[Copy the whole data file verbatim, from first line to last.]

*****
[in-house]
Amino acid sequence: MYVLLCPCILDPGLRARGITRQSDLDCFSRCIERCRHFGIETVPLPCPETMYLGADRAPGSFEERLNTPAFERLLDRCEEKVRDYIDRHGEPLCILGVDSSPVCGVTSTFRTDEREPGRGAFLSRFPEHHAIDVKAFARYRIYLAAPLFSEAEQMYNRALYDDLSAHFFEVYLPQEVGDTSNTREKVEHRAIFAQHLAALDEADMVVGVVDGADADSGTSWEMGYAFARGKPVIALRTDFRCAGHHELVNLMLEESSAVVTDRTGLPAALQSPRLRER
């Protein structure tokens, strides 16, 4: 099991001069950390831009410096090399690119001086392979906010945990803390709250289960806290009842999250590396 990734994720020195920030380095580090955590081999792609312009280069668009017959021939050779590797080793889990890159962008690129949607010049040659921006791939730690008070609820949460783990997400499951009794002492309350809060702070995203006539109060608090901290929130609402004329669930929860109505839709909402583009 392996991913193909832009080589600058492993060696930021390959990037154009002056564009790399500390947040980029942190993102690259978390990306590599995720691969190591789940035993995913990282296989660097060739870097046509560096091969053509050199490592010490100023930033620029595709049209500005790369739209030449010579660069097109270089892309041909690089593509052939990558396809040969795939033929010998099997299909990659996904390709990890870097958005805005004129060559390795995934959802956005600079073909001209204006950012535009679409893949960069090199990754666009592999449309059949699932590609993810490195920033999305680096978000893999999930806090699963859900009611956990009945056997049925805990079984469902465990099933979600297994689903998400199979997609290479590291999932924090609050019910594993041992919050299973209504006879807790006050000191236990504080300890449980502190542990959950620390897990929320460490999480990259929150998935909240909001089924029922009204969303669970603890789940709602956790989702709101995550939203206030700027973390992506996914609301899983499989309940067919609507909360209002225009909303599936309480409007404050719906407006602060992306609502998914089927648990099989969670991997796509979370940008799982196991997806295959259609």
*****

[in-house]
Amino acid sequence: MYVLLCPCILDPGLRARGITRQSDLDCFSRCIERCRHFGIETVPLPCPETMYLGADRAPGSFEERLNTPAFERLLDRCEEKVRDYIDRHGEPLCILGVDSSPVCGVTSTFRTDEREPGRGAFLSRFPEHHAIDVKAFARYRIYLAAPLFSEAEQMYNRALYDDLSAHFFEVYLPQEVGDTSNTREKVEHRAIFAQHLAALDEADMVVGVVDGADADSGTSWEMGYAFARGKPVIALRTDFRCAGHHELVNLMLEESSAVVTDRTGLPAALQSPRLRER
């Protein structure tokens, strides 16, 4: 099991001069950390831009410096090399690119001086392979906010945990803390709250289960806290009842999250590396 990734994720020195920030380095580090955590081999792609312009280069668009017959021939050779590797080793889990890159962008690129949607010049040659921006791939730690008070609820949460783990997400499951009794002492309350809060702070995203006539109060608090901290929130609402004329669930929860109505839709909402583009 392996991913193909832009080589600058492993060696930021390959990037154009002056564009790399500390947040980029942190993102690259978390990306590599995720691969190591789940035993995913990282296989660097060739870097046509560096091969053509050199490592010490100023930033620029595709049209500005790369739209030449010579660069097109270089892309041909690089593509052939990558396809040969795939033929010998099997299909990659996904390709990890870097958005805005004129060559390795995934959802956005600079073909001209204006950012535009679409893949960069090199990754666009592999449309059949699932590609993810490195920033999305680096978000893999999930806090699963859900009611956990009945056997049925805990079984469902465990099933979600297994689903998400199979997609290479590291999932924090609050019910594993041992919050299973209504006879807790006050000191236990504080300890449980502190542990959950620390897990929320460490999480990259929150998935909240909001089924029922009204969303669970603890789940709602956790989702709101995550939203206030700027973390992506996914609301899983499989309940067919609507909360209002225009909303599936309480409007404050719906407006602060992306609502998914089927648990099989969670991997796509979370940008799982196991997806295959259609």